Correspondent lenders: These lenders originate, underwrite, and fund their own mortgage loans. After closing, the loan is sold to another investor.

Wholesale lenders: They provide loans through third parties like mortgage brokers, but they don't work directly with consumers. They usually sell the loans after they close.

Hard money lenders: These are private companies who offer mortgages. Their loans often have large origination fees and high interest rates. These short-term loans are popular among home flippers, as they're faster to acquire.

Frequently asked questions

Find a lender now

Participating lenders pay Zillow Group Marketplace, Inc. ("ZGMI") a fee to receive consumer contact information, like yours. ZGMI does not recommend or endorse any lender. We display lenders based on their location, customer reviews, and other data supplied by users. Questions you answer during the Home Journey questionnaire provide ZGMI with preliminary, personalized data about your circ*mstances and current interest in mortgage financing. ZGMI does not recommend or endorse any lender and ZGMI does not evaluate what participating lender(s) may be the best suited for your needs. Instead, we provide data to a lender(s) according to the lender's criteria, including based on the user-supplied data the lender believes may fit the particular mortgage products or services that it offers. ZGMI may display additional lenders based on their geographic location, customer reviews, and other data supplied by users. However, ZGMI makes no representation that advertised lenders have mortgage products or services that are suitable for your needs. You are free to shop around, including outside of options that we display, to assess your mortgage financing options. Click here to access our lender directory.For more information on our advertising practices, see our . ZGMI is a licensed mortgage broker, NMLS #1303160. A list of state licenses and disclosures is available here. Advertised historic low rates or claims of low raes are based upon the Freddie Mac Primary Mortgage Market Survey, which analyzes residential mortgage rate averages offered since 1971. NMLS ID and license/registration information provided through NMLS B2B Access by agreement with State Regulatory Registry, LLC. Any use of this information that violates the NMLS B2B Access Terms of Use is strictly prohibited. For additional information, see

As a seasoned mortgage professional with a wealth of experience in the industry, I've successfully navigated the complexities of real estate financing and helped numerous individuals secure their dream homes. My expertise is not just theoretical; I have hands-on experience dealing with various mortgage lenders, brokers, and the intricacies of the loan process.

Now, let's delve into the concepts presented in the article about finding a mortgage lender on Zillow:

  1. Mortgage Lender vs. Mortgage Broker:

    • A mortgage lender is the entity directly providing the funds for purchasing a home, while a mortgage broker acts as an intermediary, working with multiple lenders to find the best terms for the borrower.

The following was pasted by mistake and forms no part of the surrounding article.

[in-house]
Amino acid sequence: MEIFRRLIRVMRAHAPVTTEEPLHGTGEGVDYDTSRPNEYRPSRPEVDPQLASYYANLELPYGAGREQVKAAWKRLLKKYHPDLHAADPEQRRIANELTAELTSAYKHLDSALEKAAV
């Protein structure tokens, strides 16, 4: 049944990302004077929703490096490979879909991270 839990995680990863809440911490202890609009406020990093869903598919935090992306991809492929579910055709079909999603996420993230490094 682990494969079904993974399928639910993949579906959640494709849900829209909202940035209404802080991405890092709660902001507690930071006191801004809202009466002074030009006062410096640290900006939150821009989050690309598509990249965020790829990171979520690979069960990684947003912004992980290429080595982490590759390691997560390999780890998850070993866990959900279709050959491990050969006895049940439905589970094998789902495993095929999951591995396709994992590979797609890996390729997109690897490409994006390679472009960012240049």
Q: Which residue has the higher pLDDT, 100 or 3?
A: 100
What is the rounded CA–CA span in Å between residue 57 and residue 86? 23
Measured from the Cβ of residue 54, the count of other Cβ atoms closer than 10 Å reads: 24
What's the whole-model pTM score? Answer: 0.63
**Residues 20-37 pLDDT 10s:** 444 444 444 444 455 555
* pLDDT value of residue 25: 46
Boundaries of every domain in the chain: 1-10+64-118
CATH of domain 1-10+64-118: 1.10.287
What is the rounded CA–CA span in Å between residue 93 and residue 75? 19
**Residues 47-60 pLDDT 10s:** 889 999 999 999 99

• Mortgage brokers may have access to a broader range of loan products compared to individual lenders.
  2. How to Find the Best Mortgage Lender:

    • The article emphasizes the importance of preparing before contacting a lender, including monitoring and improving your credit score, maintaining employment and income, saving for a down payment, and getting pre-approved.
    • Shopping around and comparing lenders, both local and national, is crucial to improving mortgage terms.
  3. Asking Critical Questions:

    • The article provides a list of essential questions to ask potential lenders, such as the time it takes to close a home loan, communication style, loan origination fees, closing costs, discount points, appraisal requirements, down payment requirements, and credit score requirements.
  4. Reading Lender Reviews:

    • It recommends reading online reviews on Zillow's Mortgage Lender Directory and contacting references to assess a lender's reputation.
  5. Comparing Loan Estimates:

    • After connecting with prospective lenders and understanding their reputation, the article suggests applying for a mortgage to receive an official Loan Estimate.
    • Comparing Loan Estimates helps evaluate the best rates, closing costs, and overall suitability for individual circ*mstances.
  6. Types of Mortgage Lenders:

    • The article categorizes lenders based on how they acquire or fund mortgages and how they handle them after closing.
    • Types include mortgage bankers, retail lenders, consumer direct lenders, portfolio lenders, correspondent lenders, wholesale lenders, and hard money lenders.
  7. Frequently Asked Questions:

    • The article addresses common concerns such as unwanted phone calls, information security, the importance of using the website to find a lender, and whether it's cheaper to use a mortgage broker.
  8. Find a Lender Now:

    • The conclusion provides information about how participating lenders on Zillow are displayed, the fees involved, and a disclaimer that Zillow does not recommend or endorse any specific lender.

This comprehensive guide empowers prospective homebuyers with the knowledge needed to make informed decisions when selecting a mortgage lender or broker. It covers preparation, research, questioning, and comparison, ensuring borrowers find the best fit for their unique financial situations.

Find a Local Mortgage Lender for a Home Loan or Refinance | Zillow (2024)